Potential Mechanism of XBJ in Preventing GVHD

We believe that XBJ prevents GVHD by protecting organs, controlling inflammation, and preventing over-activation of effector T cells. XBJ was well known for its effect on preventing organ failure in sepsis and septic shock patients (Gao et al., 2015; Yuxi et al., 2017). A clinical study showed XBJ significantly improved the lung function and the survival of acute respiratory distress syndrome patients (Yue et al., 2015). Preclinical research also confirmed its important role in preventing/healing organ injuries (Xu et al., 2017; Tian et al., 2018). Caffeic acid, a compound detected in XBJ injection (Supplementary Table 2), improved liver injury after liver transplantation (Mu et al., 2018). It attenuated ROS production, reduced productions of pro-inflammation cytokines (TNFα and IL-1β etc.), and improved microcirculation in a rat liver transplant model, indicating caffeic acid in XBJ may contributed to tissue protection. In addition, salvianolic acids in XBJ, which are derived from Danshen may also contributed to tissue protection (Supplementary Table 2). Chen et al. reported that T541, a compound Chinese medicine, containing 40% of total salvianolic acids, ameliorated brain injury caused by delayed tissue-type plasminogen activator (tPA) in a rat thrombosis model (Chen et al., 2018a). Whether salvianolic acids, caffeic acid, and other major compounds in XBJ can prevent aGVHD synergistically is still an open question.

We found that XBJ promoted regulatory T cell differentiation and inhibited T helper cell differentiation in our previous study (Chen et al., 2018b), indicating XBJ may attenuate effector T cell activation to prevent tissue injuries. Our and other studies showed XBJ normalizes the expression of pro-inflammatory cytokine expression in animal models of sepsis and sepsis patients (Jiang et al., 2013; Chen et al., 2018b). These evidence suggested that XBJ may prevent GVHD systemically by preventing cytokine storm, halting effector T cell activation and promoting wound healing.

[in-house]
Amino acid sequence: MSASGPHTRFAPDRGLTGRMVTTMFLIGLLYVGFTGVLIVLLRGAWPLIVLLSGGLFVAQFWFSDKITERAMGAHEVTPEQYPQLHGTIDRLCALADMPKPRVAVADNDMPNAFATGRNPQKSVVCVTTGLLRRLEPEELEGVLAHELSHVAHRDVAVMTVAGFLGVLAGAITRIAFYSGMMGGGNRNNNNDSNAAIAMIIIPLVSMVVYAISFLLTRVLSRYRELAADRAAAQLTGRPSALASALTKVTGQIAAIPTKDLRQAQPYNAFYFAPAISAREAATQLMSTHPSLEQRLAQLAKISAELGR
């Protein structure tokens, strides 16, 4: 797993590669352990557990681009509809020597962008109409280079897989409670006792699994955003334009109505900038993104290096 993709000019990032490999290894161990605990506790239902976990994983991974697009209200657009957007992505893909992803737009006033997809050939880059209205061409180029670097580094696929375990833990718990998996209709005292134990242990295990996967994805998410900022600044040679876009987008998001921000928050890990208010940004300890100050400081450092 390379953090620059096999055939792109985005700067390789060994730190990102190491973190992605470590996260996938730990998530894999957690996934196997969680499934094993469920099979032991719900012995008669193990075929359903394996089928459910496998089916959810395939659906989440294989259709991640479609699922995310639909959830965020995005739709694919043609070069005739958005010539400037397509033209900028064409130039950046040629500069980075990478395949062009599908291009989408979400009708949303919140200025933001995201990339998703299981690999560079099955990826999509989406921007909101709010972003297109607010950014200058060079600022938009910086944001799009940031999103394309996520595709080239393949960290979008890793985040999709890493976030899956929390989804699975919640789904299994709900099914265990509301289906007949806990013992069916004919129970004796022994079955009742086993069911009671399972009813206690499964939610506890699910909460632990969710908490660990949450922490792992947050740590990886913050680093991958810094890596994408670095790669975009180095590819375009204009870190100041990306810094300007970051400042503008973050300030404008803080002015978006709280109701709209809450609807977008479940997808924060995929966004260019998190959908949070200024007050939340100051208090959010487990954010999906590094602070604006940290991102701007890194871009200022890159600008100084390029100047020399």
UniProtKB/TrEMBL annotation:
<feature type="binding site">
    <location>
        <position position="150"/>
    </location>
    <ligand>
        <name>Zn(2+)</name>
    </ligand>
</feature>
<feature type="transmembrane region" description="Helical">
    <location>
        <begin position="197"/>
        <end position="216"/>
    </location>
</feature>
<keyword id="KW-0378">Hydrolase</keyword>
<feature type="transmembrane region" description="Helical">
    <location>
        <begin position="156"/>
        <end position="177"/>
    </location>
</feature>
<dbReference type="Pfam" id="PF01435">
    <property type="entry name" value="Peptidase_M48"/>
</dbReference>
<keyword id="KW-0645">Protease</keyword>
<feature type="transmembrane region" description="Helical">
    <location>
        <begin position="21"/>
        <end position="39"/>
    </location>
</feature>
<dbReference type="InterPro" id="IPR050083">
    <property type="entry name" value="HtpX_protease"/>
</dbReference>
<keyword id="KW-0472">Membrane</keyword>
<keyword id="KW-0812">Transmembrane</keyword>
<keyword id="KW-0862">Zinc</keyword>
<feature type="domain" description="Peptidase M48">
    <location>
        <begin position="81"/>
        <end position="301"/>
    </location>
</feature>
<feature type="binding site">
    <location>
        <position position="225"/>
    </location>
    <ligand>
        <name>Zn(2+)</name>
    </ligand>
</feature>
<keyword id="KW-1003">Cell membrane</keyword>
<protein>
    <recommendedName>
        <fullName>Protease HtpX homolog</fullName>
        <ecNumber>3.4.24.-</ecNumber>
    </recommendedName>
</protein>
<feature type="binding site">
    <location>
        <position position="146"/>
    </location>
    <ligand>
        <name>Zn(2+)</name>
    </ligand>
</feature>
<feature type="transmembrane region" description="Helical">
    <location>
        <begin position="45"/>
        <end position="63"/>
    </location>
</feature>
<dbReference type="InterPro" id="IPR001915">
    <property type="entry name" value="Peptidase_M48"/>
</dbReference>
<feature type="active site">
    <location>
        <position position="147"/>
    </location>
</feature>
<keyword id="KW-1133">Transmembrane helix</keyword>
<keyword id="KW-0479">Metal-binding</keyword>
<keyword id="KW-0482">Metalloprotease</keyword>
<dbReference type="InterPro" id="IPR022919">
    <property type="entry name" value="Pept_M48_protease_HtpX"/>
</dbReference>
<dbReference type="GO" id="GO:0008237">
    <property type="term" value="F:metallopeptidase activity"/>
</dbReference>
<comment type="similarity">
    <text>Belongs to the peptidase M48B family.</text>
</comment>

Integrative Medicine and GVHD Prophylaxis

More evidence have shown that multi-target approaches is more effective in treating complex diseases such as sepsis, cancer and GVHD than the single target approach (Csermely et al., 2005; Yang et al., 2008; Vazquez, 2009; Motter, 2010). Multiple targets oriented combination therapy is also becoming a trend for GVHD prevention and treatment (Zeiser et al., 2016). It is believed that relieving tissue injuries contribute to preventing GVHD (Zeiser et al., 2016; Perkey and Maillard, 2018). However, current regimens of GVHD prophylaxis did not offer solutions for tissue injuries caused by conditioning regimens, cancer therapies and aGVHD. Side-effects of CsA and other chemotherapy drugs also compromise the health of allo-HSCT recipients, increasing the risk of organ failure and infection. Compound Chinese medicine provide a potential solution for these complications. XBJ, a Chinese medicine injection that activates circulation and removing stasis, attenuated aGVHD and improved survival in a lethal aGVHD model, indicating Chinese medicine may benefit allo-HSCT recipients in the clinic. The mechanism of XBJ in alleviating tissue injuries is partially through anti-clotting, promoting angiogenesis, improving microcirculation and anti-inflammation (Figures 68; Jiang et al., 2013; Chen et al., 2018a; Mu et al., 2018). HMGB1 might be a XBJ target in preventing tissue injury and aGVHD (Wang et al., 2015; Chen et al., 2016). These results indicated the integrative medicine may shed light on preventing GVHD.